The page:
Movie Review: The Dark Knight Rises

I’ll do my best not to give away too many secrets of the movie!

First things first, this is the best movie I have seen in the Theater this year.  Better then Spider-Man, better then Prometheus, better then The Avengers.

Second things second, this is my favorite film in what I call the Dark Knight series, Batman Begins, The Dark Knight, and The Dark Knight Rises.  It is my favorite, but whether or not it’s the actual best, well, there your mileage may vary.  Many are going to like The Dark Knight better, as it’s closer to source material, and some will like Batman Begins because it’s a more traditional comic book movie.  The Dark Knight Rises tries some different things than these two though, and in my opinion, succeeds for it.

Christopher Nolan, the director, drew on several Batman stories from the comics for this one.  The one that strikes me the most is Frank Miller’s The Dark Knight Returns.  While it takes little if anything from the actual plot of that story, it feels very much a spiritual brother.  In Returns, Batman puts on the mask again as an old man, years after retiring, to battle the Joker, Two Face, several gangs, and in the end even throws down with Superman.  In Rises, we have a Bruce Wayne who abandoned the Batman persona 8 years prior (at the end of The Dark Knight) who put’s on the mask again to fight the evil terrorist known as Bane.  And evil is about the ONLY word to describe Bane.  The Joker was scary, but Bane is downright vicious.  He thinks nothing of casually breaking necks, and seems to enjoy causing pain and despair even more then death.  The movie also draws heavily from well known Batman stories Knightfalls where Bane breaks Batman’s back, and No Man’s Land which saw Gotham isolated from the world by an earthquake, with Batman the only one keeping order in the city.  In scale, it’s vastly more epic and grand then either of the two movies that came before.  This one feels like it moves beyond the whole vigilante aspect of the first two, presenting us with something bigger.  Another thing this movie does is introduce a large number of new characters, including Bane, Catwoman (though never called Catwoman in the film), and the new characters John Blake and Miranda Tate.  These new characters are juggled to mixed effect with Selina Kyle/Catwoman and John Blake coming across very nicely, but Miranda Tate rather under developed, and at times taking actions that seem somewhat unmotivated (you know, like randomly hopping in bed with Bruce Wayne, cause, you know, we needed to see his vulnerable side…or something)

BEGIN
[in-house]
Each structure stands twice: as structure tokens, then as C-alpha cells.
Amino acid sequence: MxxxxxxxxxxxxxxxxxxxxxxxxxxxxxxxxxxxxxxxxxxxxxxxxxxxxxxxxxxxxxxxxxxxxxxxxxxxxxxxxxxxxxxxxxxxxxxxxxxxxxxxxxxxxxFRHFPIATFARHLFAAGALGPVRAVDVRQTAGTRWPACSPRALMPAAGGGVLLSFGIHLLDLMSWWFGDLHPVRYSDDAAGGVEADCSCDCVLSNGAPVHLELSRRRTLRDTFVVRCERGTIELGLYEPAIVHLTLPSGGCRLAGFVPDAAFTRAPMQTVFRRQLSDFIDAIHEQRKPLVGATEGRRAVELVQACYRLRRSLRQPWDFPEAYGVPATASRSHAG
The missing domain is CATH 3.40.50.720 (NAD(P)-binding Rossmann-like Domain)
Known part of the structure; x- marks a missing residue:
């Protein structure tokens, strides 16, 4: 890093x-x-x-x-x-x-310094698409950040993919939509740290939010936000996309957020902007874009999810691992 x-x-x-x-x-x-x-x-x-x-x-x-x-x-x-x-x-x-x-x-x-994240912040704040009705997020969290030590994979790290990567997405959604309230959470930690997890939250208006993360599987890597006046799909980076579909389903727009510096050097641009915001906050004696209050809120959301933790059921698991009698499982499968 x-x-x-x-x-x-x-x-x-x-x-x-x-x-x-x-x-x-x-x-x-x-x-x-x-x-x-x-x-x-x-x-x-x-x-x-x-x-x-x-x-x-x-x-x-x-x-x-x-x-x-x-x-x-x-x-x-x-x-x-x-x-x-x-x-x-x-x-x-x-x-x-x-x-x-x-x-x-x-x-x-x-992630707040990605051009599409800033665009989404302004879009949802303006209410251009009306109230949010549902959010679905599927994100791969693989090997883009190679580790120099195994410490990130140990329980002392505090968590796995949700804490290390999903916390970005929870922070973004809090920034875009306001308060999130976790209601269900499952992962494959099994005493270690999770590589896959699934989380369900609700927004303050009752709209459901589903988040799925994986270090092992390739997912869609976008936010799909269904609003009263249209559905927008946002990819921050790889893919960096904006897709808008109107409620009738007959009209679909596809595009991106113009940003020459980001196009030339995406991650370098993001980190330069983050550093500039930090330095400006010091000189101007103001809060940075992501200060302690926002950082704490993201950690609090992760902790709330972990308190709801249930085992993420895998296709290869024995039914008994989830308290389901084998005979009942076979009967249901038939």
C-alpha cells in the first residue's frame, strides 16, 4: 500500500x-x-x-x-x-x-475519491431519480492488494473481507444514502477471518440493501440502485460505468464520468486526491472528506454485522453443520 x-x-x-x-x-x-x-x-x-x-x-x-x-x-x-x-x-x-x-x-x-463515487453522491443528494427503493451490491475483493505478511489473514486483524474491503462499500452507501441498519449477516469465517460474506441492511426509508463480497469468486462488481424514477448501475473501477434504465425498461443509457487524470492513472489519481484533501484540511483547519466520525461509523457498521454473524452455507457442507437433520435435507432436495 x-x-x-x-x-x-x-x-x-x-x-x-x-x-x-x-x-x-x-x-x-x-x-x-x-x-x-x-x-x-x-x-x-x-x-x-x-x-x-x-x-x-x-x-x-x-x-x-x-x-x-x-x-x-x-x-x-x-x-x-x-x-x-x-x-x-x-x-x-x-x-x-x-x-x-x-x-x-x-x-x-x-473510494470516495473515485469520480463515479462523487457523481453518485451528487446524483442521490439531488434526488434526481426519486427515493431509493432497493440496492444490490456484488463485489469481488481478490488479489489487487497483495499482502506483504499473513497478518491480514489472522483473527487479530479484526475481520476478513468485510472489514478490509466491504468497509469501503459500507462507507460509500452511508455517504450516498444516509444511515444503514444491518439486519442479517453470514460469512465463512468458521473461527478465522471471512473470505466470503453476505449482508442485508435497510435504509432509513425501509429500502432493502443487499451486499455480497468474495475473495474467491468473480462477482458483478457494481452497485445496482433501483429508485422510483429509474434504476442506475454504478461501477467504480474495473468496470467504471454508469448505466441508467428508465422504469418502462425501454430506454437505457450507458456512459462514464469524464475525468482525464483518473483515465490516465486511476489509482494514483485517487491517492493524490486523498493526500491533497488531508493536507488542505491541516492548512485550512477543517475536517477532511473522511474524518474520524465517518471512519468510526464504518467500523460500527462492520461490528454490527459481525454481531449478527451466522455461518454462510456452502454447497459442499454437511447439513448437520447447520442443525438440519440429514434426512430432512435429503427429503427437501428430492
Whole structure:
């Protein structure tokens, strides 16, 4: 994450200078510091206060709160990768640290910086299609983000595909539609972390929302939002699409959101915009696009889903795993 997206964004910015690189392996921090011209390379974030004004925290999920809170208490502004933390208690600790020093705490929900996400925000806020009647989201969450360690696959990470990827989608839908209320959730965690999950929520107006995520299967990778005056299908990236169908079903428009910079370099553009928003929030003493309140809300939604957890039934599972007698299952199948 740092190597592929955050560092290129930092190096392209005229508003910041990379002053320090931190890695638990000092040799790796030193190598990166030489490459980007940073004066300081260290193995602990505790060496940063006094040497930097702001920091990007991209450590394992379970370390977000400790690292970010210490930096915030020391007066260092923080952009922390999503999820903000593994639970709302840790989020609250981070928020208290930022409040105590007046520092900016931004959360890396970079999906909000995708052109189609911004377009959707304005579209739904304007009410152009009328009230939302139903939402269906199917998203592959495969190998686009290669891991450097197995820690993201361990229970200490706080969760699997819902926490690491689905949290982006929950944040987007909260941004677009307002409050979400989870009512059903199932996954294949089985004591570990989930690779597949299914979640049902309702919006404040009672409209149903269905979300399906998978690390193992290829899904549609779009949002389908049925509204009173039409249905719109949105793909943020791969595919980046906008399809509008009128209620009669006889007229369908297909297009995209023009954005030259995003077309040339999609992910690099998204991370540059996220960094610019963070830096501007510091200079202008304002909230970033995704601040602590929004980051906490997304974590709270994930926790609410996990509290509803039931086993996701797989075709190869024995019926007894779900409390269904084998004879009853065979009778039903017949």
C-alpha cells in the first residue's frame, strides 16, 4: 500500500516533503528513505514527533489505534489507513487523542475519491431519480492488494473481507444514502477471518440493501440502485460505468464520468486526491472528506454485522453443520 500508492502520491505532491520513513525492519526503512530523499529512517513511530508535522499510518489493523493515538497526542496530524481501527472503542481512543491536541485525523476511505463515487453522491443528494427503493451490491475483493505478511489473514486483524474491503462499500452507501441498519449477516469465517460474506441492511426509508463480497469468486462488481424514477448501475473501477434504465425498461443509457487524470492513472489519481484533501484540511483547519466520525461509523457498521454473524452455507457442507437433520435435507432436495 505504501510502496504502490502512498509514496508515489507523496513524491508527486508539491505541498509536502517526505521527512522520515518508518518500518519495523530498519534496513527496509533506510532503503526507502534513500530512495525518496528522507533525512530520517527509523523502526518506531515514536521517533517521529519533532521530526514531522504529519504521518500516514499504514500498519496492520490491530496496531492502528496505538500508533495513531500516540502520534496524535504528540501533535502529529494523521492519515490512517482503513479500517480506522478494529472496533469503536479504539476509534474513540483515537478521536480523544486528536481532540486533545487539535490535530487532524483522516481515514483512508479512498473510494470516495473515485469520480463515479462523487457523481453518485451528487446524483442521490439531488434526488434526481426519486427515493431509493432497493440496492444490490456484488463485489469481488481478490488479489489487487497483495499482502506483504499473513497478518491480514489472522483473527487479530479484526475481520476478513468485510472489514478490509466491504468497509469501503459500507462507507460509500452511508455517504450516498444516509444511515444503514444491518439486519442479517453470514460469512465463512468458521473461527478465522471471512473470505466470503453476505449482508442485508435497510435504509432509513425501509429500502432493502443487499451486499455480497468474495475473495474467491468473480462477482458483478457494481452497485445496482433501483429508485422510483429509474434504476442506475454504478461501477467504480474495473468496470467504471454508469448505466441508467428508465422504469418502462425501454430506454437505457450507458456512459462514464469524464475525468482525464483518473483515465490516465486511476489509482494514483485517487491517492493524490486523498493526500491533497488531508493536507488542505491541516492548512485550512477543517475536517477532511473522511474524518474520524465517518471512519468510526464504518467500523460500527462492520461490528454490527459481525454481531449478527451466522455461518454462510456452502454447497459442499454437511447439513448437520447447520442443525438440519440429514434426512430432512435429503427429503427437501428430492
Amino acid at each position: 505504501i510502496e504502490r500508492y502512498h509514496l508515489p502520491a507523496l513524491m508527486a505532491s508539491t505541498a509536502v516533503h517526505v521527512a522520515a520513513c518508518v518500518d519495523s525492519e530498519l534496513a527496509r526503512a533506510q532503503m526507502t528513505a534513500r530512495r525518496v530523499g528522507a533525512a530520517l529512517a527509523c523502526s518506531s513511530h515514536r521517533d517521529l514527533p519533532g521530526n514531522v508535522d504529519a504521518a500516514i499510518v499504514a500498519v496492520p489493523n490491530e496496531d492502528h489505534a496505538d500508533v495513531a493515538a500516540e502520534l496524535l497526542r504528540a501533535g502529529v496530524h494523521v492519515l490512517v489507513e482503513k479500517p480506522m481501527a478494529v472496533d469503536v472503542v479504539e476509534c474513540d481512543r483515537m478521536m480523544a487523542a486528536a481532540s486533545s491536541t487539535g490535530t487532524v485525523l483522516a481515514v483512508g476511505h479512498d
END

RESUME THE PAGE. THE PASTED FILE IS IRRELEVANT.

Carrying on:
Okay, so how about returning characters?  We also have Bruce, Alfred, and Commissioner Gordon returning.  Bruce is very different in this one, almost a broken shell of a man.  It’s nice to see Bale play him so differently from the first two, though I’m not entirely sure that the events of The Dark Knight merit him turning into a reclusive hermit and abandoning the Bat.  Alfred injects a good deal of heart into Alfred, and into the movie in general, and it’s a shame to see him disappear half way through the film, but at least he shows up again towards the end, and has his character’s story very well paid off.  Gordon get’s put through the ringer, but Gary Oldman does a very nice job yet again with his understated Gordon.